Fochville, South Africa – The decomposed body of a fifteen year old mentally ill teenager was found a month after she was reported as missing by her mother. Yesterday, several men in the vicinity went rabbit hunting and stumbled upon the murdered, headless body of the missing girl, her skull was found a few meters away from the body.
A month ago, according to the villagers, the young girl disappeared, and the villagers assisted the grieving mother and another relative in a search around that area, in the hope of finding the missing girl, who was diagnosed as mentally ill. The search proved to be fruitless and there was no evidence of the missing teenager.
After a week of tireless searching, the concerned villagers went from house to house to raise money for the mother to go and consult a powerful Sangoma in Zimbabwe, who would be able to give her information about the missing child. Some of the concerned neighbors began the process of applying for passports for the impending trip to Zimbabwe.
The elderly mother and a friend were arrested by the police, and charged with murder, after the discovery of the badly mutilated decomposed body and skull of the teenager was found. Her head had been hacked off for traditional medicine (muti). A spokesperson for Mokopane police confirmed the arrest of the two women.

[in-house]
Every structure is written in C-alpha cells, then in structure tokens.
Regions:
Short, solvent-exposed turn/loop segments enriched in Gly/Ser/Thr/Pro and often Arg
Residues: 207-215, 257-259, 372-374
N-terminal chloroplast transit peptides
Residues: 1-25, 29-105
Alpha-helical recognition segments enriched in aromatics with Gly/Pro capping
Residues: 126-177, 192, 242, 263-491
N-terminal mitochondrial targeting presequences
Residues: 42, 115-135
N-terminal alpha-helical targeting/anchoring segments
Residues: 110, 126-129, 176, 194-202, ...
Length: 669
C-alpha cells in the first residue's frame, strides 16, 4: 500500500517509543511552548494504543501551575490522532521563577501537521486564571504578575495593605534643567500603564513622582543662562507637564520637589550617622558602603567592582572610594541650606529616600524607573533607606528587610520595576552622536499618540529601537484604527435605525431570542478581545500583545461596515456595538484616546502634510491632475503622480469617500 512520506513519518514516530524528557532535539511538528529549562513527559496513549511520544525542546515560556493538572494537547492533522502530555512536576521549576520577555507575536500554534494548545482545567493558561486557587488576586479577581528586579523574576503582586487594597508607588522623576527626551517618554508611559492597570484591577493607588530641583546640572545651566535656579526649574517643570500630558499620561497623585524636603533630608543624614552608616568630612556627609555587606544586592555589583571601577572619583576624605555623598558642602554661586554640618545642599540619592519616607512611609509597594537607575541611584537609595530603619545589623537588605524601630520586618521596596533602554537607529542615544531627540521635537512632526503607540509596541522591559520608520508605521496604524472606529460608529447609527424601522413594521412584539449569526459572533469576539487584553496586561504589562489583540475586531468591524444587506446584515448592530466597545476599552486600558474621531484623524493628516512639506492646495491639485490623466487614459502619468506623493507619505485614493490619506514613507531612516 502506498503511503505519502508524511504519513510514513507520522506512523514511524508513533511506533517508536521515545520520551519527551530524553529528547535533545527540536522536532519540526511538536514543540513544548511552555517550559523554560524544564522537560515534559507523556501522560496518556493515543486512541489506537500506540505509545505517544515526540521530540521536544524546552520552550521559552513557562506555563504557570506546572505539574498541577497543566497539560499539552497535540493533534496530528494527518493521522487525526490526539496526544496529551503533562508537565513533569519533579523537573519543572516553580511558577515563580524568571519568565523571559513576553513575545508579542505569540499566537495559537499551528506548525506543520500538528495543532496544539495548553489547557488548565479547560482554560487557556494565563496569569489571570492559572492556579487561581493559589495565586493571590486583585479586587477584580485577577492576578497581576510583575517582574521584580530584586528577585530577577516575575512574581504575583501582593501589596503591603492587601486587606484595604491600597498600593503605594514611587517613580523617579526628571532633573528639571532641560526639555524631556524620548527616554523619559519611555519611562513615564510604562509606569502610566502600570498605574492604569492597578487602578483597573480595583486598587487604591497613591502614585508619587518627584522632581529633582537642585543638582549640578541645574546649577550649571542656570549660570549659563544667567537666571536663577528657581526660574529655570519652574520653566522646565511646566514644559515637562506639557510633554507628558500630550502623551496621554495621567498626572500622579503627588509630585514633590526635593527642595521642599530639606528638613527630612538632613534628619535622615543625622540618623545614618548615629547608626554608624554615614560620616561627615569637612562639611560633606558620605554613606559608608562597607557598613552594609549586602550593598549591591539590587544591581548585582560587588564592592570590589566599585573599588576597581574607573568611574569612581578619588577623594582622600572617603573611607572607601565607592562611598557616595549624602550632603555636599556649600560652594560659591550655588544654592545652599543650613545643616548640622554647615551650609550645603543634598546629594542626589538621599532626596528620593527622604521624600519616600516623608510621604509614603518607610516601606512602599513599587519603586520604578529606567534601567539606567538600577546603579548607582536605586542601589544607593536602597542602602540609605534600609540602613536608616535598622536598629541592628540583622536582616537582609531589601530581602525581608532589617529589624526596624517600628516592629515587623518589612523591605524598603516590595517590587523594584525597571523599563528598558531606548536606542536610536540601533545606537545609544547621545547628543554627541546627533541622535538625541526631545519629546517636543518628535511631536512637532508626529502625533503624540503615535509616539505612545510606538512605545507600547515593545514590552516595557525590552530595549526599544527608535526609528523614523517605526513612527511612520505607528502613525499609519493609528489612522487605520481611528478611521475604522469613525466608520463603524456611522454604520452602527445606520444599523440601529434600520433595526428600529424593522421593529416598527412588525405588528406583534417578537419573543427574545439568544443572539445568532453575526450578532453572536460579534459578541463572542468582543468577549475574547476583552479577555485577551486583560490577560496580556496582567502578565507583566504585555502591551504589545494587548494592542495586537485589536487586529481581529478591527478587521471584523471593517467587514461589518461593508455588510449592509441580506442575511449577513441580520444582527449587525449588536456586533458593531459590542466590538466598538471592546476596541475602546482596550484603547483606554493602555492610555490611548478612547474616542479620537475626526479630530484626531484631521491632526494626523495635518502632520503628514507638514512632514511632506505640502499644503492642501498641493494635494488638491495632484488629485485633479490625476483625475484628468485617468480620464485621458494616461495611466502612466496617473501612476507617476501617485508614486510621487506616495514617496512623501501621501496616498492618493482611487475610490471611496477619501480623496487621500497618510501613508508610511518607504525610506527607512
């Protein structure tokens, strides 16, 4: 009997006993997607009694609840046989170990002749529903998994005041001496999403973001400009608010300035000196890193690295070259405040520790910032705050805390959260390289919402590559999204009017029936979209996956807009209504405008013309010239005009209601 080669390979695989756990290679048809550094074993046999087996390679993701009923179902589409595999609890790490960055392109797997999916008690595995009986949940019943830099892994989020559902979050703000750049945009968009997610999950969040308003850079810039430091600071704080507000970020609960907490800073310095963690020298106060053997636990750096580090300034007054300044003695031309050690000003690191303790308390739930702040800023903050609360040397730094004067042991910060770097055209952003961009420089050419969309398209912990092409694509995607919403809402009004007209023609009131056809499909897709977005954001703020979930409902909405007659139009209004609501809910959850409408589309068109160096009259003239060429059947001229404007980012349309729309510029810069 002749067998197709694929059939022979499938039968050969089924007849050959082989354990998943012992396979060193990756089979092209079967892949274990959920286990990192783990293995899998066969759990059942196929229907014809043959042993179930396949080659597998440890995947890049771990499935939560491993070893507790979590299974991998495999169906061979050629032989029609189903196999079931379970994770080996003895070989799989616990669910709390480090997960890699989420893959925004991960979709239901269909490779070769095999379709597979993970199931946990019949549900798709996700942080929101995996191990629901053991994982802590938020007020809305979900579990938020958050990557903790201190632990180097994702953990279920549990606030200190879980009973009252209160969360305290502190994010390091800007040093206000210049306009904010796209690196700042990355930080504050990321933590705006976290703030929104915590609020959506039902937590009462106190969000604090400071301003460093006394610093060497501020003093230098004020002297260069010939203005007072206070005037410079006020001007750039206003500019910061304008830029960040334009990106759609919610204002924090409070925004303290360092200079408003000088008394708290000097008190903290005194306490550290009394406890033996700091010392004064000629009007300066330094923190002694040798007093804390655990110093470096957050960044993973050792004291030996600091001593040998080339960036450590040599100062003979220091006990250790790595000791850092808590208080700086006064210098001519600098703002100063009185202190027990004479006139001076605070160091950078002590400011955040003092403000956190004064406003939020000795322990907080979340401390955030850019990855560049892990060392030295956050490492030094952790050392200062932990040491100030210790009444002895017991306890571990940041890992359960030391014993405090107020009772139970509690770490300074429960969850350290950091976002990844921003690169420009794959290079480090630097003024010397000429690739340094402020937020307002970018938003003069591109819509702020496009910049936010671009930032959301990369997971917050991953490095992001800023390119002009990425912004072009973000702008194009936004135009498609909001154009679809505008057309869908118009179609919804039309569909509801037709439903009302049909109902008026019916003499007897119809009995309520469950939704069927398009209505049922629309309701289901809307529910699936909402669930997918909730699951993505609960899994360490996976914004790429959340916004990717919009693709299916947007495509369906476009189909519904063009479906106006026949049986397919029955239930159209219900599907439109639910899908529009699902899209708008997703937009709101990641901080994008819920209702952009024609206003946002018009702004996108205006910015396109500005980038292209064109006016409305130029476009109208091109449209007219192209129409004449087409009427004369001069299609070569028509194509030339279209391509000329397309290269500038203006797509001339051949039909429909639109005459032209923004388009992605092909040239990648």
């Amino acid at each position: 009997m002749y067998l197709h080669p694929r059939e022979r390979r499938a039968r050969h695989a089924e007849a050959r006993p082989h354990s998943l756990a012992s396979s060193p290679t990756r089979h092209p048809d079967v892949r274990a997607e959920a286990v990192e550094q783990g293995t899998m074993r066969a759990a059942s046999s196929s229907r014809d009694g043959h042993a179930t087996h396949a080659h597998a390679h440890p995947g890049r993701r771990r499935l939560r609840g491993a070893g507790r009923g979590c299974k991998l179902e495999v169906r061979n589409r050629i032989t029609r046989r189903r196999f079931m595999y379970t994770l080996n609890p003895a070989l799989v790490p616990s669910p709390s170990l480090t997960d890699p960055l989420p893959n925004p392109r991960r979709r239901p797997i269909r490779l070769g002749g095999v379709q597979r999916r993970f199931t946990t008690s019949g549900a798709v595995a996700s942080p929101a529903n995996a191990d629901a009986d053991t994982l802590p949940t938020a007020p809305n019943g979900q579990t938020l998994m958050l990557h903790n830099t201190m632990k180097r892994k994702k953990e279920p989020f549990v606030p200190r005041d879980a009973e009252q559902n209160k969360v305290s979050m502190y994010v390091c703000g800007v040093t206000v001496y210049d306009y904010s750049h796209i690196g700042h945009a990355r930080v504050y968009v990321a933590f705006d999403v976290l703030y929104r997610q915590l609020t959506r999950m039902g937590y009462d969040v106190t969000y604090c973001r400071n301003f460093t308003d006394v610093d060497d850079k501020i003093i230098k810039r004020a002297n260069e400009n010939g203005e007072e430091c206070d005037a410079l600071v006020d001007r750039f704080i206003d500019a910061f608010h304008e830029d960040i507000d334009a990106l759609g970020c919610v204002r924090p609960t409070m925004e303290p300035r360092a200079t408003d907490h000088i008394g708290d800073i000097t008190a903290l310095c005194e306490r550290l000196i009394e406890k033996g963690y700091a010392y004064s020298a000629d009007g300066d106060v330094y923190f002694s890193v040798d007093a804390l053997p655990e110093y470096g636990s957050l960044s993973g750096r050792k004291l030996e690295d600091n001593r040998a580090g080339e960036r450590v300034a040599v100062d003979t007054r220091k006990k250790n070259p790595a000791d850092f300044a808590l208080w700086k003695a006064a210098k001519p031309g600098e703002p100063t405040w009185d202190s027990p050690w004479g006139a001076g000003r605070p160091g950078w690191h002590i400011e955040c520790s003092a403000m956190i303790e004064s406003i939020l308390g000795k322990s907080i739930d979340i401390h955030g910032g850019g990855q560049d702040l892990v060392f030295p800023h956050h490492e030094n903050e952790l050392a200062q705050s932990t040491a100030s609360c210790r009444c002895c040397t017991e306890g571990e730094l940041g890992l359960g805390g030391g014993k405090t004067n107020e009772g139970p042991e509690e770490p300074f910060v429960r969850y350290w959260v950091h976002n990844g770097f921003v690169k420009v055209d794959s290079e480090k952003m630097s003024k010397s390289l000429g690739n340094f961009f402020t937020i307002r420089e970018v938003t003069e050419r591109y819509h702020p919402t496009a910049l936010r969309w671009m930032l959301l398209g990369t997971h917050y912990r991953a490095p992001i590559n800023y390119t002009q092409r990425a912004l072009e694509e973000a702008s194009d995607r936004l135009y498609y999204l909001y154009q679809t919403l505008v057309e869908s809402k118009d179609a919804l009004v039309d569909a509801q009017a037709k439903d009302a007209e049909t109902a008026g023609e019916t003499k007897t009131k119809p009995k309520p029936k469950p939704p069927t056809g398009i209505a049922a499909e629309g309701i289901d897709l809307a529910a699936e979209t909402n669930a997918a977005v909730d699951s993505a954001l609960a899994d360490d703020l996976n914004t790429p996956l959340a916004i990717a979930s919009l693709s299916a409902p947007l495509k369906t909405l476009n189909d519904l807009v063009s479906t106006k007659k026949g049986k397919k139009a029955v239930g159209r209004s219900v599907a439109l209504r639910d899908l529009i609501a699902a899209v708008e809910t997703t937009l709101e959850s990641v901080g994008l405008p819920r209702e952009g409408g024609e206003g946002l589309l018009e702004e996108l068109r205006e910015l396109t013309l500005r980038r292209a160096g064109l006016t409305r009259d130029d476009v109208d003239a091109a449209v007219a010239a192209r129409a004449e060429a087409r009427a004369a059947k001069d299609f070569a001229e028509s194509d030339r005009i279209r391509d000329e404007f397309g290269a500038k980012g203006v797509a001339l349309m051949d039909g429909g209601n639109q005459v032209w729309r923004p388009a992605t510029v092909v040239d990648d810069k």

Soon after the disappearance of the teenager, the elderly mother had told a friend that her life would change for the better in the near future, and that she would build a big house. He did not reply to her comment, as he feared she would evict him. Suspecting her harmful behavior, he did warn other people to stay away from her.
Traditional healer (Sangoma) Mandla Mgwazi from Fochville said it is possible the girl was murdered for her brains, as the skull appeared to be clean. She told the reporters that often brains of children under the age of 16 were used in the liquor trade business. It was also favored as a method to attract more customers.
Sangoma’s are referred to as Traditional healers and practitioners of traditional African medicine. They fulfill different social and political roles within a community. Often they are sought for the divination, healing powers, death rituals, protection, counteracting witches and myths of their tradition. They use a wide variety of treatments ranging from magic to fasting. Herbal therapies are applied, and their medicines include a variation of tropical plants.
Thirty-five body parts, from both humans and animals, including bones, fingernails, hairs, earwax, feces, urine, impurities on the teeth, and organs are used in the formation of traditional medicine. This is a practice, which spans over many centuries, used by not only by the African Traditional healers (Sangoma), but the Chinese as well continue to this very day.
It is child protection week, and this horrific story about the discovery of the decomposed body of the murdered teenager, is a reminder to the public, of all the suffering children in the world, under the hands of abusive adults.
Written by Laura Oneale